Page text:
By now you've probably concluded that Connex would have trouble organising some hanky-panky in a bordello (thought I'd better clean that one up) and you'd be right. But this inability to simply run trains according to a timetable, however outdated that notion might seem, is only part of the story. It's the lack of communication that is really annoying. How hard is it to tell us what's happening with our trains? Surely there's a bloke in a control room somewhere who has a pretty good idea where all the trains and drivers are at any given moment. Well mate, if the 17:38 to Sandringham is still at South Yarra at 17:35, guess what? It ain't departing Flinders Street at 17:38. So why, why, why won't you just give us this information? I can't even begin to contemplate that they don't know where their trains are, so the only logical inference is that they are deliberately choosing not to tell us.

To support this conclusion, here's another piece of information. At many stations they have some nice 1970s technology - TV monitors on the platforms. These tell you the next scheduled departure from that platform, the destination and which stations the train is stopping at. At most of these stations, with the exception of Flinders Street, they have two pieces of timing information - "Scheduled" and "Departing". So the train is due at 10:43 and it's departing in three minutes. How good is that?! But Flinders Street station management choose not to provide the "Departing" information. Why? Because they don't know? No, I can't accept that they don't know, so we have to conclude they're deliberately not telling us.

For further support of the proposition that they don't want us to know what's going on, have a look around for some station staff to ask. Flinders Street is arguably the centre of the Melbourne rail network. A huge old building with thousands of people constantly passing through. Yet there is no information centre to ask about the trains. There are a few staff at the ticket barriers who rarely have any clue about what's happening. There are a few people selling tickets who are equally ill-informed and that's about all you'll see. How on earth a visitor is meant to find out anything about getting around the Melbourne train network I don't know. Certainly not from the central railway station.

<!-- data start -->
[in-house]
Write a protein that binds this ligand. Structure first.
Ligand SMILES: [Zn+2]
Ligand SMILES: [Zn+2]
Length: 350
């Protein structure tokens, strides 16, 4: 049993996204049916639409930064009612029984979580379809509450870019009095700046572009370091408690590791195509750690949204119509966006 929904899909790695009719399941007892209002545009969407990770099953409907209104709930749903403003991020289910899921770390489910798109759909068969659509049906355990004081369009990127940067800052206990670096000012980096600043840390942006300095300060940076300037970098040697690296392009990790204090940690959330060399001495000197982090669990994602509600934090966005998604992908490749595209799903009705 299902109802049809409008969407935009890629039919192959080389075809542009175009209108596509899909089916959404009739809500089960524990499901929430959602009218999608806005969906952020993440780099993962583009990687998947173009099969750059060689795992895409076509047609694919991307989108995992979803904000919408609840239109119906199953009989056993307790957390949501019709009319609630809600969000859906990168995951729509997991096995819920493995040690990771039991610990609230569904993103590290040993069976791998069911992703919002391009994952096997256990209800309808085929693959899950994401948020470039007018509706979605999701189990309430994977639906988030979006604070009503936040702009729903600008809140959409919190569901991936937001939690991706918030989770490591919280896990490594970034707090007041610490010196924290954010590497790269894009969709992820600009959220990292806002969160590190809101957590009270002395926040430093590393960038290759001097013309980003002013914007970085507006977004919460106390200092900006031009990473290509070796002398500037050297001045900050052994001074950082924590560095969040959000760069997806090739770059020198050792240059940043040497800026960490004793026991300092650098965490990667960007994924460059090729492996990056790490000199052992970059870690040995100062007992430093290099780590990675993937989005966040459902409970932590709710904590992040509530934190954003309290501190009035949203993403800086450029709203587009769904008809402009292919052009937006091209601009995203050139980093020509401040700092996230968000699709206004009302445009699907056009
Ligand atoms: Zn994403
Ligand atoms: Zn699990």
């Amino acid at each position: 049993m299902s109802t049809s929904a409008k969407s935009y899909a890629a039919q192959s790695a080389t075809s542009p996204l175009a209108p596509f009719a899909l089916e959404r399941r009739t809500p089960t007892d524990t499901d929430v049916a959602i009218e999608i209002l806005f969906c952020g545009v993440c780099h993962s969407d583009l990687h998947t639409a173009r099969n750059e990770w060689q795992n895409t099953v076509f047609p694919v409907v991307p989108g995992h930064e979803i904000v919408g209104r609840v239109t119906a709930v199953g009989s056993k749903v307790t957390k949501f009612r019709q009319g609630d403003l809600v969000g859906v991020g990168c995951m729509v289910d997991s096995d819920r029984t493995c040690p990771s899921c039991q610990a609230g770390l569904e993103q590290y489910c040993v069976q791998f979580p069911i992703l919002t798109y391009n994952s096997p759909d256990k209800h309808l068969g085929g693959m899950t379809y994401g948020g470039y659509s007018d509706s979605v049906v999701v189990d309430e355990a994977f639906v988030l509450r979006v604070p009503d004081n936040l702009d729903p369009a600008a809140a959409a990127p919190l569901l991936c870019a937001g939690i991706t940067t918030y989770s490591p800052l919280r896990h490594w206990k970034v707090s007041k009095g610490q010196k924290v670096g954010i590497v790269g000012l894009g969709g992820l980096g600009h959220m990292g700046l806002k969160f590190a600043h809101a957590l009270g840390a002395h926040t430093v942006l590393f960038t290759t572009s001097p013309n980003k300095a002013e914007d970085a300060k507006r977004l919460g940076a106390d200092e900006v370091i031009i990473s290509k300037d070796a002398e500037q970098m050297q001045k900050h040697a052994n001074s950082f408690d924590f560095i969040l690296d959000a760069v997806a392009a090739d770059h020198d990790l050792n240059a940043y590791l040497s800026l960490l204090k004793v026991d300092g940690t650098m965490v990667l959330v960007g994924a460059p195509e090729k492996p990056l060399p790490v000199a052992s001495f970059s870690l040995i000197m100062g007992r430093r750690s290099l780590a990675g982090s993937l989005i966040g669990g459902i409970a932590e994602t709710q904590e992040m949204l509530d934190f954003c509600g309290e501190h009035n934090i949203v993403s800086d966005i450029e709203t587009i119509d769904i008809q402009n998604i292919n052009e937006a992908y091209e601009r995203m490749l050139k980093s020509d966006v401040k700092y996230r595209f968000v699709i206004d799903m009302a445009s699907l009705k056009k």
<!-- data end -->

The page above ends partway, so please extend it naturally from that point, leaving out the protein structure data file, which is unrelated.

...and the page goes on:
Hidden away behind an anonymous door over in one corner of the main station entrance is the door to the Stationmaster's office. Not something you'd stumble across. You open the door and there's an equally anonymous set of stairs around the corner. If you venture up these stairs you find there is a "customer service" area. It's usually empty because nobody knows it's there. Unfortunately these people seem to be mainly interested in something other than customer service. I'm not sure if I've figured out what their primary role is, but it doesn't seem to be anything to do with running the rail network, since they're generally not very well informed about anything that I ask them.

Is that enough background? Chances are that if you've read this far you're a like-minded disgruntled commuter so you already knew all this, in which case you've probably skipped it too!

Enough of the background. I'll try to add some more insight into Connex along the way – for example the SMS timetable where you can pay for them to provide you information about how badly your trains are running; the compensation scheme whereby if their network performs even more abysmally than usual, a person paying $1,939 a year is given a rebate of a daily fare ($12.40); how "on time" is defined by these Orwellian people as arriving at the destination within five minutes and 59 seconds of the scheduled time; how they adopt bully-boy tactics to try to silence legitimate protest from disgruntled passengers. OK, OK, I'll stop there!